SEAT drivers' union says more COG input could be a good thing

Preston - The board of directors of Southeast Area Transit Wednesday continued its criticism of proposed legislation that would give the region's council of governments more authority over SEAT, but the president of the union that represents SEAT's drivers said he would welcome the changes.

Jaroslaw "Jerry" Pizunski, president of Amalgamated Transit Union Local 1209, said morale among the company's 36 drivers has been "very low" since SEAT laid off five drivers in February 2011. Pizunski said the union expressed its discontent in March by unanimously casting a vote of no confidence against SEAT general manager Ella Bowman.

At a board meeting Wednesday, Chairman Paul Altman called the proposed legislation "very political" and criticized the timing of the announcement. He said the board only had 24 hours to review the proposal before the COG voted to accept it at its meeting last week.

Under the legislation, the COG would have the power to add three members to the SEAT's board. It would have the authority to approve the appointment of the SEAT general manager and to ratify any contract in excess of $100,000. The proposal also called for a yearly annual audit by a certified public accountant.

SEAT serves nine towns in the region and the chief officials from 20 towns in the area comprise the COG.

Pizunski and two other drivers who attended the board meeting Wednesday said the COG proposal would present a welcome change and would force the audit, which the union has sought for several months. The legislation must go before the General Assembly for approval.

"Why don't they want it? There must be a reason," Pizunski said. "Why are you afraid of someone looking over your shoulder to make sure you're doing a good job?"

Board Treasurer F. Kent Sistare said during Wednesday's meeting that many of the perceived inadequacies with SEAT stem from a lack of funding. COG's proposal does not offer a solution to the lack of funding, Sistare said, so he hopes it will be killed during the legislative session.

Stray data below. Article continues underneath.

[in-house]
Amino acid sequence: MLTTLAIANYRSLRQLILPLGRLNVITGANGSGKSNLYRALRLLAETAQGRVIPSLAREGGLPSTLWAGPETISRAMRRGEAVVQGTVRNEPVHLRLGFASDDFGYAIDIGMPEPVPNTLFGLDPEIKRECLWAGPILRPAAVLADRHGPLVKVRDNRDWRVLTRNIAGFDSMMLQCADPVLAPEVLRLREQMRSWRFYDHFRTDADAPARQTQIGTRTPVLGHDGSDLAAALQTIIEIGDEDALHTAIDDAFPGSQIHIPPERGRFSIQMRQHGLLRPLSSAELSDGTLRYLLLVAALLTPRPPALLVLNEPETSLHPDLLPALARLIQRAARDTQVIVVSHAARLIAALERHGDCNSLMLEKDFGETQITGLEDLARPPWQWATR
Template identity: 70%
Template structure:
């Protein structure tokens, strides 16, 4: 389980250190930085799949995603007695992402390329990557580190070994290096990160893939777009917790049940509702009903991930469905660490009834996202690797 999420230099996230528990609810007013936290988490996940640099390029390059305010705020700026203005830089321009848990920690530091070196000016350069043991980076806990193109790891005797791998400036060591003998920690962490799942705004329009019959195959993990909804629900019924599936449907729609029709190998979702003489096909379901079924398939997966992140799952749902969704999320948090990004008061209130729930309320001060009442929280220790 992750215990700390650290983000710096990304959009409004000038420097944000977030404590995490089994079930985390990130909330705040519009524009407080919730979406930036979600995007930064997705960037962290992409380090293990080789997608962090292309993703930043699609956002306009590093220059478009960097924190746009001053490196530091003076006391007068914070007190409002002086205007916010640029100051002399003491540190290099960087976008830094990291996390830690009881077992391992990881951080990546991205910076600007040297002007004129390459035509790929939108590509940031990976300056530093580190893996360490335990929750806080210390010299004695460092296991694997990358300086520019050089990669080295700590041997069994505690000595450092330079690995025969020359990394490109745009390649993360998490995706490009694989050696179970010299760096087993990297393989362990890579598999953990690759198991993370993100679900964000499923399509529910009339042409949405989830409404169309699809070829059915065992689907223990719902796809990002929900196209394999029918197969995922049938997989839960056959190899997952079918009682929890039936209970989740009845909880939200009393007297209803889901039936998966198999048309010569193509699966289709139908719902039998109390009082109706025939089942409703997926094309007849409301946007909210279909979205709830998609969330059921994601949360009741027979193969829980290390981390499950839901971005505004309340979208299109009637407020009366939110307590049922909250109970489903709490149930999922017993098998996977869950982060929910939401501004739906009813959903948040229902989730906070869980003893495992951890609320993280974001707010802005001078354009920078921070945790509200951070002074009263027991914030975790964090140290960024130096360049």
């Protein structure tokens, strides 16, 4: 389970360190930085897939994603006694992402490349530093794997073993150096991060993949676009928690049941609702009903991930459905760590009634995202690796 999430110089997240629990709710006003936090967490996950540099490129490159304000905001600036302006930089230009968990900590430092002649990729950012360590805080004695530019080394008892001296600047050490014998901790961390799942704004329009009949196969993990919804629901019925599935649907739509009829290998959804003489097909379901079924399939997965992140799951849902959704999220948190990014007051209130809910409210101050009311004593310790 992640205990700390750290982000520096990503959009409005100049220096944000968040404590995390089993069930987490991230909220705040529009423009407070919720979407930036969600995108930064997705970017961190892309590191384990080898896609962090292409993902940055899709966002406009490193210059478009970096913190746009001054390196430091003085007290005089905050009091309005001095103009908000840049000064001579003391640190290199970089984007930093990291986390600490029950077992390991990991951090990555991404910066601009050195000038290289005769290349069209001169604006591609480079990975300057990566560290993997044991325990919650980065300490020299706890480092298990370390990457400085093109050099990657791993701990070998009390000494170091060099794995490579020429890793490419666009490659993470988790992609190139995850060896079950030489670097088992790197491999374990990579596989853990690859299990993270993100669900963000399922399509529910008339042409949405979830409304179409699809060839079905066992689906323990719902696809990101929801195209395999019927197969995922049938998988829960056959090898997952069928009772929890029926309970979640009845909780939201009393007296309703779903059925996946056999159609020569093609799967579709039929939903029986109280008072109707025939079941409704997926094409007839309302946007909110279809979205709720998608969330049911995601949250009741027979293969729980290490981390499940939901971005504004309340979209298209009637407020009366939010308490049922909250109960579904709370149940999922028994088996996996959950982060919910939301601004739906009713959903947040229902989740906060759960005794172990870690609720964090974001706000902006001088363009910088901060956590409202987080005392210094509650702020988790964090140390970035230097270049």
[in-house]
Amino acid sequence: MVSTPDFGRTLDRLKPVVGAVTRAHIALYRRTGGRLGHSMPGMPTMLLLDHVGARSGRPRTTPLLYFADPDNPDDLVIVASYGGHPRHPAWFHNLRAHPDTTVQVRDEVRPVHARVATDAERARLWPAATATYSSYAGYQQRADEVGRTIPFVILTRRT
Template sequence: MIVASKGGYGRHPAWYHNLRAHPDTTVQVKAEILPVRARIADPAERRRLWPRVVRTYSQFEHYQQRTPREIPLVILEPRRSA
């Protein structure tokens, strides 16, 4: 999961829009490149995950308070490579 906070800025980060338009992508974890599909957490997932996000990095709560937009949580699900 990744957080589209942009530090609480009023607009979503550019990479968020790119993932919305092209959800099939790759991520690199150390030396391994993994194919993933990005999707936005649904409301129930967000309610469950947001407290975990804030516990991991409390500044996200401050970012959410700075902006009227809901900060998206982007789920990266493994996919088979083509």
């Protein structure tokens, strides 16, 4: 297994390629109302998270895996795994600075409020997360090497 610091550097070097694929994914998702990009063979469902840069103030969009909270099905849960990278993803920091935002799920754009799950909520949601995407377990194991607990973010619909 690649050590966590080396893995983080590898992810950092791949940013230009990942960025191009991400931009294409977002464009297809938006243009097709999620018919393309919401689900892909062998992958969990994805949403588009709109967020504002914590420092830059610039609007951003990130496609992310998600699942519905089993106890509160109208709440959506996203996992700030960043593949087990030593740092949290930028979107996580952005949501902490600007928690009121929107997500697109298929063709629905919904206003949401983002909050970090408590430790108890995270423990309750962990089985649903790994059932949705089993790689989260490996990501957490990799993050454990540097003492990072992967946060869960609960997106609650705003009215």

Several members of the board also questioned the COG's motives for proposing such changes.

Board Vice Chairman Angelo Yeit speculated that the move for the changes began after SEAT had a diesel fuel spill at its Route 12 facility. SEAT is currently involved in legal proceedings with the state regarding the incident.

"We had a spill. I'm sure that's what started it," Yeitz said. "We couldn't really talk about some (legal) things that went on in executive session. I'm sure that's what started the ball rolling. There were facts that we couldn't bring to them."

The SEAT driver's union last year won an arbitration hearing increasing pay raises and driver benefits. The layoffs followed a short time later in part because the state funding SEAT had received dropped considerably, Bowman said at the time.

According to statistics made available at the meeting Wednesday, SEAT had expenses of more than $6 million in the most recent fiscal year but brought in revenue of only about $5.5 million. About 70 percent of its revenue - about $3.8 million - came from the state. About 19 percent came from fares.

SEAT's member towns are East Lyme, Griswold, Groton, Ledyard, Montville, New London, Norwich, Stonington and Waterford. Bowman said Wednesday Waterford has not paid its latest bill to SEAT of about $5,800.

SEAT also held a public hearing Wednesday on a proposed 25-cent fare increase on all fixed bus routes. No one attended the hearing. The new fares are proposed to take effect in March. The board is expected to consider a vote on the increased fares at its next meeting.


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